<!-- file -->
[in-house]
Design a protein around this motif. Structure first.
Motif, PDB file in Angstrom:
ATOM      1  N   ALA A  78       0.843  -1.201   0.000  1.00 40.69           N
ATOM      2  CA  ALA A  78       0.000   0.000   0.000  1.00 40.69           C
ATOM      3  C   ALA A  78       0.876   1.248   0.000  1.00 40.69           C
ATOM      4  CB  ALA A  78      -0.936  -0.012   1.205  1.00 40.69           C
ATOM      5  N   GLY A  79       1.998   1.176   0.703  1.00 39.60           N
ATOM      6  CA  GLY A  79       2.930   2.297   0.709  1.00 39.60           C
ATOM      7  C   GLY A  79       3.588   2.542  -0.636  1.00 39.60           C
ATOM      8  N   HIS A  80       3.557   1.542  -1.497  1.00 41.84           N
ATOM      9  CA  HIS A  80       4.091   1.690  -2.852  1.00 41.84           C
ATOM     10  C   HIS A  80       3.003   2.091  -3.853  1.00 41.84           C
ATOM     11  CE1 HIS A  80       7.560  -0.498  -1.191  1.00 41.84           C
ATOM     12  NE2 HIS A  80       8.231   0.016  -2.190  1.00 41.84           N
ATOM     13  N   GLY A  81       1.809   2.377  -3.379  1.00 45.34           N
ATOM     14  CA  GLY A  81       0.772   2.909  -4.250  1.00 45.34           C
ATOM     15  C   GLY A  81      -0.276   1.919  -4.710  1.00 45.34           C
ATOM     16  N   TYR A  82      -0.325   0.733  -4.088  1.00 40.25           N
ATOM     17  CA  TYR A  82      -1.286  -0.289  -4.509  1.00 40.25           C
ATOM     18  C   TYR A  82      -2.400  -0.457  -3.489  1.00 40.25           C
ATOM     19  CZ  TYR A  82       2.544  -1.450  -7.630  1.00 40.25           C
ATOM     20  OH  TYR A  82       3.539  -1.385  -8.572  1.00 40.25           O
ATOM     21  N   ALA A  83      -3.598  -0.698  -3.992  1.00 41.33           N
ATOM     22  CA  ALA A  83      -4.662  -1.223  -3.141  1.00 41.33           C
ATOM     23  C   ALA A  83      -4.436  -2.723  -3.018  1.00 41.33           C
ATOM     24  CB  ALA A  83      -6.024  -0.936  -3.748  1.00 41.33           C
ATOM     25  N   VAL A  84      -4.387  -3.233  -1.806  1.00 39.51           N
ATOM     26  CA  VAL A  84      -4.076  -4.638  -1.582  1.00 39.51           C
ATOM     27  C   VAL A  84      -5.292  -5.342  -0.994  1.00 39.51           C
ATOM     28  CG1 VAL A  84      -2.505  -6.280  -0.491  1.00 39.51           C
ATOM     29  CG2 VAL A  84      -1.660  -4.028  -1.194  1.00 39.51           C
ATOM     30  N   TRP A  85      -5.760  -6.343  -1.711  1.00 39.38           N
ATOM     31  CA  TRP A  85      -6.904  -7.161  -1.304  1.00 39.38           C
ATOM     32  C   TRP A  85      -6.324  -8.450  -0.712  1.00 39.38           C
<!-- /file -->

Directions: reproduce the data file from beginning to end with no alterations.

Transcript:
[in-house]
Design a protein around this motif. Structure first.
Motif, PDB file in Angstrom:
ATOM      1  N   ALA A  78       0.843  -1.201   0.000  1.00 40.69           N
ATOM      2  CA  ALA A  78       0.000   0.000   0.000  1.00 40.69           C
ATOM      3  C   ALA A  78       0.876   1.248   0.000  1.00 40.69           C
ATOM      4  CB  ALA A  78      -0.936  -0.012   1.205  1.00 40.69           C
ATOM      5  N   GLY A  79       1.998   1.176   0.703  1.00 39.60           N
ATOM      6  CA  GLY A  79       2.930   2.297   0.709  1.00 39.60           C
ATOM      7  C   GLY A  79       3.588   2.542  -0.636  1.00 39.60           C
ATOM      8  N   HIS A  80       3.557   1.542  -1.497  1.00 41.84           N
ATOM      9  CA  HIS A  80       4.091   1.690  -2.852  1.00 41.84           C
ATOM     10  C   HIS A  80       3.003   2.091  -3.853  1.00 41.84           C
ATOM     11  CE1 HIS A  80       7.560  -0.498  -1.191  1.00 41.84           C
ATOM     12  NE2 HIS A  80       8.231   0.016  -2.190  1.00 41.84           N
ATOM     13  N   GLY A  81       1.809   2.377  -3.379  1.00 45.34           N
ATOM     14  CA  GLY A  81       0.772   2.909  -4.250  1.00 45.34           C
ATOM     15  C   GLY A  81      -0.276   1.919  -4.710  1.00 45.34           C
ATOM     16  N   TYR A  82      -0.325   0.733  -4.088  1.00 40.25           N
ATOM     17  CA  TYR A  82      -1.286  -0.289  -4.509  1.00 40.25           C
ATOM     18  C   TYR A  82      -2.400  -0.457  -3.489  1.00 40.25           C
ATOM     19  CZ  TYR A  82       2.544  -1.450  -7.630  1.00 40.25           C
ATOM     20  OH  TYR A  82       3.539  -1.385  -8.572  1.00 40.25           O
ATOM     21  N   ALA A  83      -3.598  -0.698  -3.992  1.00 41.33           N
ATOM     22  CA  ALA A  83      -4.662  -1.223  -3.141  1.00 41.33           C
ATOM     23  C   ALA A  83      -4.436  -2.723  -3.018  1.00 41.33           C
ATOM     24  CB  ALA A  83      -6.024  -0.936  -3.748  1.00 41.33           C
ATOM     25  N   VAL A  84      -4.387  -3.233  -1.806  1.00 39.51           N
ATOM     26  CA  VAL A  84      -4.076  -4.638  -1.582  1.00 39.51           C
ATOM     27  C   VAL A  84      -5.292  -5.342  -0.994  1.00 39.51           C
ATOM     28  CG1 VAL A  84      -2.505  -6.280  -0.491  1.00 39.51           C
ATOM     29  CG2 VAL A  84      -1.660  -4.028  -1.194  1.00 39.51           C
ATOM     30  N   TRP A  85      -5.760  -6.343  -1.711  1.00 39.38           N
ATOM     31  CA  TRP A  85      -6.904  -7.161  -1.304  1.00 39.38           C
ATOM     32  C   TRP A  85      -6.324  -8.450  -0.712  1.00 39.38           C